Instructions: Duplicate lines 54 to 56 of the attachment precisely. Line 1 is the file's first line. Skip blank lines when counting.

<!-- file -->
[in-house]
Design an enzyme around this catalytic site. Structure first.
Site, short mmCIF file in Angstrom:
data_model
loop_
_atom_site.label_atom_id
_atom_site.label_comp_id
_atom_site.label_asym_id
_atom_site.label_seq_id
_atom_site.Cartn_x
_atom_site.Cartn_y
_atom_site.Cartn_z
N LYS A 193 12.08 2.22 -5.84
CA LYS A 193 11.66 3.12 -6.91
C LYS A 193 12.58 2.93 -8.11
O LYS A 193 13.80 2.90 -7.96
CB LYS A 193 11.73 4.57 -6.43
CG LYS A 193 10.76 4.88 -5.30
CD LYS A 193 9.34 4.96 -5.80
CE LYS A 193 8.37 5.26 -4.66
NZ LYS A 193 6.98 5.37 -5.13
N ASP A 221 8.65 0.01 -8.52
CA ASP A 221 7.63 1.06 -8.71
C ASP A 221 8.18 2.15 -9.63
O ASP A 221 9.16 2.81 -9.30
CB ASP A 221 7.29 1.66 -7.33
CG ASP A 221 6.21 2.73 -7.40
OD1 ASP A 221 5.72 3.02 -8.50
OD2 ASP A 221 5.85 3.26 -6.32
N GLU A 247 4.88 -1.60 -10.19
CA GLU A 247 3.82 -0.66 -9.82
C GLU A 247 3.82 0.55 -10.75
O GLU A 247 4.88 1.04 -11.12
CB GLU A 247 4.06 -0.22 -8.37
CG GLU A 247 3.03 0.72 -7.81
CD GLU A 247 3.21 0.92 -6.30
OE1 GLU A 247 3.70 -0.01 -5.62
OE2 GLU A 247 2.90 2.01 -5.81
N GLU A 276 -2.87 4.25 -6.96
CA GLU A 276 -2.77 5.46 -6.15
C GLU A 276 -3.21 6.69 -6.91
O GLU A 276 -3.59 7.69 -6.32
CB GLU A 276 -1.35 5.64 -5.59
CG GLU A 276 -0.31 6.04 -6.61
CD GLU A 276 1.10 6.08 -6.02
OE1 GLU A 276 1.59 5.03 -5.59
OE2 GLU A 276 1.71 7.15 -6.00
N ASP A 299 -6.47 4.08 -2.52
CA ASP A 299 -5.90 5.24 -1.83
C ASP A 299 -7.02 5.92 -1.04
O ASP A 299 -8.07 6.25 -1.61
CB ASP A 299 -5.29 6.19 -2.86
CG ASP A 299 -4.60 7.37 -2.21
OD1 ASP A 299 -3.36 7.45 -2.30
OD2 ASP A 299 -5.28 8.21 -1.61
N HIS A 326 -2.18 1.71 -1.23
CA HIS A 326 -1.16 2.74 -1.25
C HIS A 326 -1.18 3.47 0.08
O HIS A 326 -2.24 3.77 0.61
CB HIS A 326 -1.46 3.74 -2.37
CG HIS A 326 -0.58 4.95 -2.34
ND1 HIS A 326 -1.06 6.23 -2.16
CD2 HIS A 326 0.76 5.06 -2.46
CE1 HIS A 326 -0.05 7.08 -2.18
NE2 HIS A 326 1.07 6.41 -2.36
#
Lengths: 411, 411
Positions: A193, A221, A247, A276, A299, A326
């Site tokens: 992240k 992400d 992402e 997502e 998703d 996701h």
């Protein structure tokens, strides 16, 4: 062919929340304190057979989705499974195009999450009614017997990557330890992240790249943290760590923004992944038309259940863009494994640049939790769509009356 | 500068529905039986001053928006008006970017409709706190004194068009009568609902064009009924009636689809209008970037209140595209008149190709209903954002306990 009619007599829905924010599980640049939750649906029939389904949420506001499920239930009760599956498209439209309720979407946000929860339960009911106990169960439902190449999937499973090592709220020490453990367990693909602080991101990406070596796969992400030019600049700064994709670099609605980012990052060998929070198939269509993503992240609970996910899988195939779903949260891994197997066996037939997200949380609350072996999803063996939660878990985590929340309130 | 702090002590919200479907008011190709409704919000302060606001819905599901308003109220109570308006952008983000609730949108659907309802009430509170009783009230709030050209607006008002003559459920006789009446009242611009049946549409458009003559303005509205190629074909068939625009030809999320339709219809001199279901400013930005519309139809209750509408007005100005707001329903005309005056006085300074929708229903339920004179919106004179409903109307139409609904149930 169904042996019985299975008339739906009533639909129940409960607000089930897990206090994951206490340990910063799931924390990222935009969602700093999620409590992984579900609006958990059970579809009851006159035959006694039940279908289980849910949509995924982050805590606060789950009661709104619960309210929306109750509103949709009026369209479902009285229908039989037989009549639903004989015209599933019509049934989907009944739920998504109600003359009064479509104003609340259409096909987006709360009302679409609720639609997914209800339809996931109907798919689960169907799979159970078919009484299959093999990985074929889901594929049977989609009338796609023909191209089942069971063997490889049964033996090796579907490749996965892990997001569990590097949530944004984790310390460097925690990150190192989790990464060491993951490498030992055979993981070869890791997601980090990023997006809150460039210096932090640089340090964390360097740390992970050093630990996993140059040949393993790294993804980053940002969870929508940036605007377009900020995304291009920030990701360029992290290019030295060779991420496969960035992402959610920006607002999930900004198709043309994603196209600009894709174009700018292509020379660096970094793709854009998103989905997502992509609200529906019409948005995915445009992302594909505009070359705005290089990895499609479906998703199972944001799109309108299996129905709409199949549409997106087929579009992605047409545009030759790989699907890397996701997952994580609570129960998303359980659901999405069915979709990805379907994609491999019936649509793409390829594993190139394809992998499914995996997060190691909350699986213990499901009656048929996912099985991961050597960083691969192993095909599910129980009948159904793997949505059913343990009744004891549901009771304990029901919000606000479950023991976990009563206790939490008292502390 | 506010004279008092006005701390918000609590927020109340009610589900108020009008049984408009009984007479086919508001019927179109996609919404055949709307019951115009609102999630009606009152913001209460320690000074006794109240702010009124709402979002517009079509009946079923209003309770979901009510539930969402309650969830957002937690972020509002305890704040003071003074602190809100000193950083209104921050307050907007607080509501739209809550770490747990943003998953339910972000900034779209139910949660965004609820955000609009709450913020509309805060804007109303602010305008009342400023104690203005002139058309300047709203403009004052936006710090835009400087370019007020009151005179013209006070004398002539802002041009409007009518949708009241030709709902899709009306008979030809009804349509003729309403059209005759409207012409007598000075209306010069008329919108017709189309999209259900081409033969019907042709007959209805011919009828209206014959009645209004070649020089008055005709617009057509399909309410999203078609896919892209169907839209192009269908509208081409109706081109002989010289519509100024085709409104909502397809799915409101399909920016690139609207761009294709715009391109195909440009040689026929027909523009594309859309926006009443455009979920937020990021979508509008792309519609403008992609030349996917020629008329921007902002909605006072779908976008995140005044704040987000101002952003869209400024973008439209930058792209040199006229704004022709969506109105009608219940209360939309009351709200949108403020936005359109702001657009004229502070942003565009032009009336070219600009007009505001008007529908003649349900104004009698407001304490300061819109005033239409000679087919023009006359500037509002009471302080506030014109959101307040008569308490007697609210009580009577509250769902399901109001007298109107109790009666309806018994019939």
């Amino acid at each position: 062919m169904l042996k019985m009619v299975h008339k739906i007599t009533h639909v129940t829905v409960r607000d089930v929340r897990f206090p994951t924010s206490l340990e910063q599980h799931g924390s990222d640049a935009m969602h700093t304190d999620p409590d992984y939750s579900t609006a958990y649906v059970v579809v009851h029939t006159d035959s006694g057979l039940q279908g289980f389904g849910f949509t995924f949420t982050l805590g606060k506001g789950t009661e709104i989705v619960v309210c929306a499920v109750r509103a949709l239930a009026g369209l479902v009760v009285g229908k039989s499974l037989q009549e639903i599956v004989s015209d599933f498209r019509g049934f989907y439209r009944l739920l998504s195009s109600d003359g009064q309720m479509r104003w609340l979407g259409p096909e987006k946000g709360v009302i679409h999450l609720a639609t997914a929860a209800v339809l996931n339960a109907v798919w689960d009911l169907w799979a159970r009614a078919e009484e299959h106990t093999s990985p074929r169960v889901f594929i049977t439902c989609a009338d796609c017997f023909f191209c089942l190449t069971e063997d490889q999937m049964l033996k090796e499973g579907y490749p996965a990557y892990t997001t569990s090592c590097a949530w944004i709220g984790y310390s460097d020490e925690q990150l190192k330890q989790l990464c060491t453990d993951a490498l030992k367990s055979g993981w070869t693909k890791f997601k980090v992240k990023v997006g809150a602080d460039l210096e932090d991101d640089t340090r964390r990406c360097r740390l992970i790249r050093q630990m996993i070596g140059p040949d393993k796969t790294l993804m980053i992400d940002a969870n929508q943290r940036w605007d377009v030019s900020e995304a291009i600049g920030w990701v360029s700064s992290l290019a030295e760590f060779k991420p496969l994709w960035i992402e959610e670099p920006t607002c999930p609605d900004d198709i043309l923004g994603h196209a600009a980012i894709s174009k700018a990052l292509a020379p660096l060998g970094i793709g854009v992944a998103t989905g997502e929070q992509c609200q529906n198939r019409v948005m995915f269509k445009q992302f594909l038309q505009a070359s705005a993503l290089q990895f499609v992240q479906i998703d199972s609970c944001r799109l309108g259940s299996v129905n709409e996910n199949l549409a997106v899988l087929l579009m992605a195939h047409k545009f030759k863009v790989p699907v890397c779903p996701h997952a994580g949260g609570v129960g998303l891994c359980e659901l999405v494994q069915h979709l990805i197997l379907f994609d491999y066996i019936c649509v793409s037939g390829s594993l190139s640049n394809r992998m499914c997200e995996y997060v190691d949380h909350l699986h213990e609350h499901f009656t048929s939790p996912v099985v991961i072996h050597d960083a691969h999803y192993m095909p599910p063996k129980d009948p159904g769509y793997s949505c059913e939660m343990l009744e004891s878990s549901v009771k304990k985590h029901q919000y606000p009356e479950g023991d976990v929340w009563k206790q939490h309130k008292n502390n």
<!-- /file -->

OD1 ASP A 299 -3.36 7.45 -2.30
OD2 ASP A 299 -5.28 8.21 -1.61
N HIS A 326 -2.18 1.71 -1.23